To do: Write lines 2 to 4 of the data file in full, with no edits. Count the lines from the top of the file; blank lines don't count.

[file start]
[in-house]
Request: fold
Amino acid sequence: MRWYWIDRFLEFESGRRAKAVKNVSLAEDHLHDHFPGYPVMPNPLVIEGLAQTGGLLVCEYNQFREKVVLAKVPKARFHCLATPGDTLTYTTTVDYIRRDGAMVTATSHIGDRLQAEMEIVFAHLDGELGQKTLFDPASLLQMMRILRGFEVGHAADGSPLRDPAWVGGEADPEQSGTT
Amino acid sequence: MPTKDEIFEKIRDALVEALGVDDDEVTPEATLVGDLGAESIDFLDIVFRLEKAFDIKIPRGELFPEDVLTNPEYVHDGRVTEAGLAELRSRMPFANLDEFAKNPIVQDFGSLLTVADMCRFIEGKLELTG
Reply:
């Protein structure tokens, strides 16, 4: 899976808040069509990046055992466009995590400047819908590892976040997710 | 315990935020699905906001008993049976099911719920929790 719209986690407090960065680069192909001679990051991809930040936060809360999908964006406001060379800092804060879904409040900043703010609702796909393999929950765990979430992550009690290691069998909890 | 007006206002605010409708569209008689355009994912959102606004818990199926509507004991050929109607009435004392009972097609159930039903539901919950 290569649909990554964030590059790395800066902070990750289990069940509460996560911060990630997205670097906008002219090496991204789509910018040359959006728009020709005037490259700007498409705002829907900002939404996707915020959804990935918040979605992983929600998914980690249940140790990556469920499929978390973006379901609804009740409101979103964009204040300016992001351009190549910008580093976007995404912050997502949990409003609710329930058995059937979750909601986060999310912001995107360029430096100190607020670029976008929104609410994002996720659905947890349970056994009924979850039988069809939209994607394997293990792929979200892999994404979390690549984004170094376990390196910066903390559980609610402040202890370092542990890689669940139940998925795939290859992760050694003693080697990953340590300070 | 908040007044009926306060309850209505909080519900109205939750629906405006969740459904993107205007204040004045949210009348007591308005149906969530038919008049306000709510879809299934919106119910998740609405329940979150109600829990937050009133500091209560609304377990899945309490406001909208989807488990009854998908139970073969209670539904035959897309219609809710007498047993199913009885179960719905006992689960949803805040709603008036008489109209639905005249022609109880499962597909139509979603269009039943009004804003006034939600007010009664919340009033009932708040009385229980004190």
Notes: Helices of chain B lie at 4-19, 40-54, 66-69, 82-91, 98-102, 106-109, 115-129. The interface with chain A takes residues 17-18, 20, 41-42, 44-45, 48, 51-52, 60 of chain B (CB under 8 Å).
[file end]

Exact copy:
Request: fold
Amino acid sequence: MRWYWIDRFLEFESGRRAKAVKNVSLAEDHLHDHFPGYPVMPNPLVIEGLAQTGGLLVCEYNQFREKVVLAKVPKARFHCLATPGDTLTYTTTVDYIRRDGAMVTATSHIGDRLQAEMEIVFAHLDGELGQKTLFDPASLLQMMRILRGFEVGHAADGSPLRDPAWVGGEADPEQSGTT
Amino acid sequence: MPTKDEIFEKIRDALVEALGVDDDEVTPEATLVGDLGAESIDFLDIVFRLEKAFDIKIPRGELFPEDVLTNPEYVHDGRVTEAGLAELRSRMPFANLDEFAKNPIVQDFGSLLTVADMCRFIEGKLELTG